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The Trouble with Bread

  • Author(s): Beidelman, Maggie
  • et al.
Abstract

This 26-minute documentary investigates the changes to something so basic to humanity, and yet recently, so demonized: bread. As a self-deprecating, gluten intolerant filmmaker, I journey from farm to mill to bakery on a hunt for the perfect loaf – one I can eat without getting sick – and a quest for answers about gluten intolerance.

Along the way, I learn that the way we grow and mill wheat and ferment bread has changed significantly in the past couple of generations, and that these changes could be making us sick. The film also features the personal quest of renowned baker Chad Robertson of Tartine Bakery in San Francisco, and an interview with food writer Michael Pollan, whose recently released book, Cooked, explores the role of gluten in bread making.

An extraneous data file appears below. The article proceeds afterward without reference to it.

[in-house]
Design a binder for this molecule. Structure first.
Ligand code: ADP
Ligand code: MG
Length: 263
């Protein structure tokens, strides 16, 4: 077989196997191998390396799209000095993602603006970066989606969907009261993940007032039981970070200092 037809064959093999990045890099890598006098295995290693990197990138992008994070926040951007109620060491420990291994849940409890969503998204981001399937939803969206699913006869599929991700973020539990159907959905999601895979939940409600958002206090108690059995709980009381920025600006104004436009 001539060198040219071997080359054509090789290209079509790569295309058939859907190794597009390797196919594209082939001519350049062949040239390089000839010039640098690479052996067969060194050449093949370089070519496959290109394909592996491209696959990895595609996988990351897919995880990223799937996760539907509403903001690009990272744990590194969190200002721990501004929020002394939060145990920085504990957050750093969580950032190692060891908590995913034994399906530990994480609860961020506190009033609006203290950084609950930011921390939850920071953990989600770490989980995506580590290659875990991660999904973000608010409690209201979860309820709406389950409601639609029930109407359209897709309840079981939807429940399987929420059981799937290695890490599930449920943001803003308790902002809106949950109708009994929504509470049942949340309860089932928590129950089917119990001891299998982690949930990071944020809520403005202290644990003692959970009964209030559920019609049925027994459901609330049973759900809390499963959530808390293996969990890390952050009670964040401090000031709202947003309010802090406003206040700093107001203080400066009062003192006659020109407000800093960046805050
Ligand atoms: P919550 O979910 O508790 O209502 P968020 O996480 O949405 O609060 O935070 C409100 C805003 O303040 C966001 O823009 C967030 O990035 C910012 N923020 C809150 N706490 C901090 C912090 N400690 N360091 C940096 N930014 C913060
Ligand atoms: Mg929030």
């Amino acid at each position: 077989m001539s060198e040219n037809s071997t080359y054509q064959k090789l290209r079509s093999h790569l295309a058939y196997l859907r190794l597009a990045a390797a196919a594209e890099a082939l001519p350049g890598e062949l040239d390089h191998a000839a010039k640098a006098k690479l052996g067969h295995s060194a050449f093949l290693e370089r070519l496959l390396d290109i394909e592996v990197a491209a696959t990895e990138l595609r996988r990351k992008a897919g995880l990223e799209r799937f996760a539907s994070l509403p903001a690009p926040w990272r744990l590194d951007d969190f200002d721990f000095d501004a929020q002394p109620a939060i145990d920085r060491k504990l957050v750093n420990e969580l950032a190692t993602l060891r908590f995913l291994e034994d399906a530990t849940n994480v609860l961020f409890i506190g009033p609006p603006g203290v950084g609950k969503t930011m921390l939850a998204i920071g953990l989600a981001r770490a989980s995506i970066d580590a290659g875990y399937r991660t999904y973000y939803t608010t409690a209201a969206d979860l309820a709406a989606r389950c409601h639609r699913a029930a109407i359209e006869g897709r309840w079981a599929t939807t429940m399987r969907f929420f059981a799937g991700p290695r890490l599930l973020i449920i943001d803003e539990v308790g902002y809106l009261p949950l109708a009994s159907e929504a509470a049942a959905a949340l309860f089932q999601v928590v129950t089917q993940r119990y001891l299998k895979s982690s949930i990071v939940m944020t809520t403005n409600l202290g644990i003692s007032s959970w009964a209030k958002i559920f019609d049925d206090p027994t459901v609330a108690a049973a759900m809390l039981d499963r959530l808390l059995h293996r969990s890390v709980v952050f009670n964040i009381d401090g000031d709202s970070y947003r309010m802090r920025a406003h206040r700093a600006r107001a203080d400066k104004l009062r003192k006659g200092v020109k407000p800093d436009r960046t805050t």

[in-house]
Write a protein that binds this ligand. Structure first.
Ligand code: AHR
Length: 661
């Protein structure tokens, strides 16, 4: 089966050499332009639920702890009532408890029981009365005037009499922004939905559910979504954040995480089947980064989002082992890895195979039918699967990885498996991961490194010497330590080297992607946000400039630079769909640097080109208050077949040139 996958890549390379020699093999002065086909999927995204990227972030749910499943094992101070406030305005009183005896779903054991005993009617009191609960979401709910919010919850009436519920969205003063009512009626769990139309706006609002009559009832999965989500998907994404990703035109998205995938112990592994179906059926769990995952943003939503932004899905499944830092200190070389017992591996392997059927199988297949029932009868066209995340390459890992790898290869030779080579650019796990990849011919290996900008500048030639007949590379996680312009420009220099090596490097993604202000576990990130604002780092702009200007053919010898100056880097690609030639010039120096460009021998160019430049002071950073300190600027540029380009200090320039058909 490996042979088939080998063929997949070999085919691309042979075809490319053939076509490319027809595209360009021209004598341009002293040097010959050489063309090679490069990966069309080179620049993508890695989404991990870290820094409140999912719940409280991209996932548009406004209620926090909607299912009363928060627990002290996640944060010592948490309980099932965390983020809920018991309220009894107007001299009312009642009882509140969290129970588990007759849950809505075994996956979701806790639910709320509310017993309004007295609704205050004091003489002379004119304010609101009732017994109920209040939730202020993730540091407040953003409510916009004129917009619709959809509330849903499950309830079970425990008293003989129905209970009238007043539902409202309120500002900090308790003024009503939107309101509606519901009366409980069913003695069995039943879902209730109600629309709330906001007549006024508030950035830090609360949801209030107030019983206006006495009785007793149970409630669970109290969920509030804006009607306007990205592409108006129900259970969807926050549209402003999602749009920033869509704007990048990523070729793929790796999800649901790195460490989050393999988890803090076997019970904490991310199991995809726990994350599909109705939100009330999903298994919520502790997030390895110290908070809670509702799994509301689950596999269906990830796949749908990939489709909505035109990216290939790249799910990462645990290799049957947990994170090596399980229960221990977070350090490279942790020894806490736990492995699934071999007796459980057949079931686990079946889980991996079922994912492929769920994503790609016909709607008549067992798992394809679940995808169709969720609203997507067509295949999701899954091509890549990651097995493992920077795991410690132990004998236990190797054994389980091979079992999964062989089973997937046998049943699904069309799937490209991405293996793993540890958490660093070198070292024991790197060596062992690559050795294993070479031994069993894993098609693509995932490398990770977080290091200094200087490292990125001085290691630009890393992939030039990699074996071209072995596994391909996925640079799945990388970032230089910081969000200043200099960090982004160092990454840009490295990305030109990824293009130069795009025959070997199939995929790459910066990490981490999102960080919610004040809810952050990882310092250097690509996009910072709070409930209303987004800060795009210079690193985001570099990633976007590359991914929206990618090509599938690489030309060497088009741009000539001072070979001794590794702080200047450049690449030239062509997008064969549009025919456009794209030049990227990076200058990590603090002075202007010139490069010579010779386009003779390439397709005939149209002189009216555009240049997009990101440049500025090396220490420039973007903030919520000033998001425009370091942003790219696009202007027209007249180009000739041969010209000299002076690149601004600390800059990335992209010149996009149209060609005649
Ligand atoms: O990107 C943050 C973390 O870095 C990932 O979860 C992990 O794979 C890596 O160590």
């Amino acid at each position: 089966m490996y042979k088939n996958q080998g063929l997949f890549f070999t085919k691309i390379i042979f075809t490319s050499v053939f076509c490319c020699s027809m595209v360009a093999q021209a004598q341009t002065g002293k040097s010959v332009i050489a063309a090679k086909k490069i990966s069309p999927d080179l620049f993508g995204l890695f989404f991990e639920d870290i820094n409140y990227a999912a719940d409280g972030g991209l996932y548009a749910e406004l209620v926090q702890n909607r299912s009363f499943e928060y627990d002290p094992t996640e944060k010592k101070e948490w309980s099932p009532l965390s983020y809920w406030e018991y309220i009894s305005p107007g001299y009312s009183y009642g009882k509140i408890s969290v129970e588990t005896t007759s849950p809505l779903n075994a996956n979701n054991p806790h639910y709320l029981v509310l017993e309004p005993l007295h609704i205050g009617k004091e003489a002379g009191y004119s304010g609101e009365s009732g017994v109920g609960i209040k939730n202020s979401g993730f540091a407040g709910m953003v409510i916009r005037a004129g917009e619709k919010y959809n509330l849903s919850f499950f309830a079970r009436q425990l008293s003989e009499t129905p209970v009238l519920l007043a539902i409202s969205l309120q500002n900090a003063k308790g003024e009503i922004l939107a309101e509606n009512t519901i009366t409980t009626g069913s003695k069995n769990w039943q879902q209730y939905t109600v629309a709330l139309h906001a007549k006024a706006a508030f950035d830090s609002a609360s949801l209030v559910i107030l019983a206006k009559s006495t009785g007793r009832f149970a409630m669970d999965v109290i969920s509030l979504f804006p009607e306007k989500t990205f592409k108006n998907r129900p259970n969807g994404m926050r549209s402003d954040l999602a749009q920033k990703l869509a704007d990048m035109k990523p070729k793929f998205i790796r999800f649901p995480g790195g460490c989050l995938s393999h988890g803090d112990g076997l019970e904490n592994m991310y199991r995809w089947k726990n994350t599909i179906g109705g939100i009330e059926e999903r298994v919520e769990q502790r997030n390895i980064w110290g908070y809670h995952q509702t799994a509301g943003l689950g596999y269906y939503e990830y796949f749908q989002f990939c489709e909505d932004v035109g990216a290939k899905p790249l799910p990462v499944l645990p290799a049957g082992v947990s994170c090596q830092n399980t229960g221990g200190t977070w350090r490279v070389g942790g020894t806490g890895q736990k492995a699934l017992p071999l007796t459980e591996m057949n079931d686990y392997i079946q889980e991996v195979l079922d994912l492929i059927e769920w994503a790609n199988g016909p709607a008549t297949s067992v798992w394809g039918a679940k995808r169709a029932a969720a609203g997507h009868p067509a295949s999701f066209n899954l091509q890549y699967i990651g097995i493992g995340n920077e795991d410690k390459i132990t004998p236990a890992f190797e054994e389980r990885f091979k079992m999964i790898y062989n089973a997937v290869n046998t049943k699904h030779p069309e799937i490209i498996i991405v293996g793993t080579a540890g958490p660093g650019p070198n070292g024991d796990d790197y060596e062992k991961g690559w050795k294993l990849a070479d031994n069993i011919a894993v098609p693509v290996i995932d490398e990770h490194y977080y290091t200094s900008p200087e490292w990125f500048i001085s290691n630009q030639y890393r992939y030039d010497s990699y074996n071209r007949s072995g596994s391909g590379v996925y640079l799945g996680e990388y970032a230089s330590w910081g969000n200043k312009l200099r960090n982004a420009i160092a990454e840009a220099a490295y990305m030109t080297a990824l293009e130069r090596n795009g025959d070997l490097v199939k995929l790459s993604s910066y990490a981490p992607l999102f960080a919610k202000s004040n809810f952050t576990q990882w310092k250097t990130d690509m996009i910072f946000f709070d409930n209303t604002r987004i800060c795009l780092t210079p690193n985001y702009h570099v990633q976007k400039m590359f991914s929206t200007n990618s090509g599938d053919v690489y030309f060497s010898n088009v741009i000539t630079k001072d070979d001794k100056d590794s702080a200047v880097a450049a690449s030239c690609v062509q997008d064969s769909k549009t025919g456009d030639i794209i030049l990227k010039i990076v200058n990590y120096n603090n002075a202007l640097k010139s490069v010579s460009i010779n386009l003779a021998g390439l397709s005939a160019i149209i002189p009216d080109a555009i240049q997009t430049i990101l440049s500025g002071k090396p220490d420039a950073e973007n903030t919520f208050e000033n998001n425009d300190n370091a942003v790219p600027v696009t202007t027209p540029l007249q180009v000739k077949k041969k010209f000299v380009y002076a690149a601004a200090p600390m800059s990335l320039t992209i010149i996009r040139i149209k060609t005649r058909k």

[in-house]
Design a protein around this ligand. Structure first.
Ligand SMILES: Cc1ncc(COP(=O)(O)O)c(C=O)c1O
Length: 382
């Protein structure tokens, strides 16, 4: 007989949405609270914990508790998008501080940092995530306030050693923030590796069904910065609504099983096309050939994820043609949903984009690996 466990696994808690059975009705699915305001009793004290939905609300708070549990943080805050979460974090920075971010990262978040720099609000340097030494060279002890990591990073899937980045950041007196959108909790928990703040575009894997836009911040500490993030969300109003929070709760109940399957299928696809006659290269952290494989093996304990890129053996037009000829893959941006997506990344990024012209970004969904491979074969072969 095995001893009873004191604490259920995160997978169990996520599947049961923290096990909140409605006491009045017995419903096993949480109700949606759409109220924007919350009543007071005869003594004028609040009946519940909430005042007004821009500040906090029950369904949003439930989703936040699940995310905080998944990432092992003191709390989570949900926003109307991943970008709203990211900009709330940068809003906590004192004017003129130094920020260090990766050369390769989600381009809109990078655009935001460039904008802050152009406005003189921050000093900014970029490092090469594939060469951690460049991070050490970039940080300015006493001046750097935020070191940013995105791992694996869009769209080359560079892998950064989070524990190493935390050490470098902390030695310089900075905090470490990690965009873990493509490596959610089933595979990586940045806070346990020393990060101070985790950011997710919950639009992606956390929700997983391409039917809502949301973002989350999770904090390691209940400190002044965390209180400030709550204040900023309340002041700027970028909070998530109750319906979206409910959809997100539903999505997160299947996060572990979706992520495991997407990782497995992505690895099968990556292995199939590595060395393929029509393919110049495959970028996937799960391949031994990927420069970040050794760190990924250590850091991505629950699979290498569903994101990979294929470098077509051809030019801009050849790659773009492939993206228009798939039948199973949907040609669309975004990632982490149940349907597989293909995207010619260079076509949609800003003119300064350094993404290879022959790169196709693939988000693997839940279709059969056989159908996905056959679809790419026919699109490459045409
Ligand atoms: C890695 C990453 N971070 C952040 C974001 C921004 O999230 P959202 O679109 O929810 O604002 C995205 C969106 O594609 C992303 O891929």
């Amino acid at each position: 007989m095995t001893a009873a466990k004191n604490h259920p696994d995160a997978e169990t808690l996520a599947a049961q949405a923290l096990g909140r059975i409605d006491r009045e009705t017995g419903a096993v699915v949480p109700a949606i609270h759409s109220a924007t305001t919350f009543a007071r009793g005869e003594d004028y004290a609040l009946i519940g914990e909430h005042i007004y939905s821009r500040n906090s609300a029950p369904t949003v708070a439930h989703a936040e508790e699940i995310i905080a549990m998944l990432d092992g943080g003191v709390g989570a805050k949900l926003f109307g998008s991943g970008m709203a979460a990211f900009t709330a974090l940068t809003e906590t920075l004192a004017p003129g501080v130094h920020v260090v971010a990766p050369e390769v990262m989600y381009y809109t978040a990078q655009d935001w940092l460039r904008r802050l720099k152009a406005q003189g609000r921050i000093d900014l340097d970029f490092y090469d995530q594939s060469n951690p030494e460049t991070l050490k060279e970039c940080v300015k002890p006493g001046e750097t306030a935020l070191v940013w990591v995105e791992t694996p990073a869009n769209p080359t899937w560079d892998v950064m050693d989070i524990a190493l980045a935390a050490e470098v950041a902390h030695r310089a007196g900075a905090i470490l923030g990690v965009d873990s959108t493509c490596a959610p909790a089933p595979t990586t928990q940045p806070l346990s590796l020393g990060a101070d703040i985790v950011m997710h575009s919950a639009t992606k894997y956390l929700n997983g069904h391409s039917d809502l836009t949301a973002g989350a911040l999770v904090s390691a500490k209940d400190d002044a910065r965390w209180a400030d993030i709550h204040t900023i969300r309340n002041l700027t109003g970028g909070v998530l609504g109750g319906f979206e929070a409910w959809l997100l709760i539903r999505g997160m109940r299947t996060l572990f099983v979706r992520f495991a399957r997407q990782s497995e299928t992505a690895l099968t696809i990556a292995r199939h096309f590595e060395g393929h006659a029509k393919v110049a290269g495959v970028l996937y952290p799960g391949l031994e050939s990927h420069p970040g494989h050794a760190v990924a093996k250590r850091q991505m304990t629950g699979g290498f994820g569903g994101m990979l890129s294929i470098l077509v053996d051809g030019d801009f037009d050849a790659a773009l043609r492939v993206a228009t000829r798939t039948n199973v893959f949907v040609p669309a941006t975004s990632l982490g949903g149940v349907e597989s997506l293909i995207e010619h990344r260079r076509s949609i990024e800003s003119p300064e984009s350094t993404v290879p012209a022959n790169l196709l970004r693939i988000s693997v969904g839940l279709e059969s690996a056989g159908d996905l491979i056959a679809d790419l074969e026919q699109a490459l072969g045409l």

In a food industry that glorifies the term “gluten-free” -- and the $4.2 billion worth of products that carry that label -- we’re missing the point. This film explores the idea that maybe it’s not the gluten itself, but the way we manipulate wheat that’s the problem. There is so much more to learn about wheat – and how it has changed – before we completely rule out gluten.

But in a food system governed by efficiency and affordability, not even bread is simple. It remains hard to pinpoint the extent to which bread has changed, and who or what is to blame. But one thing is for sure: modern bread, as we know it, is not what you think.

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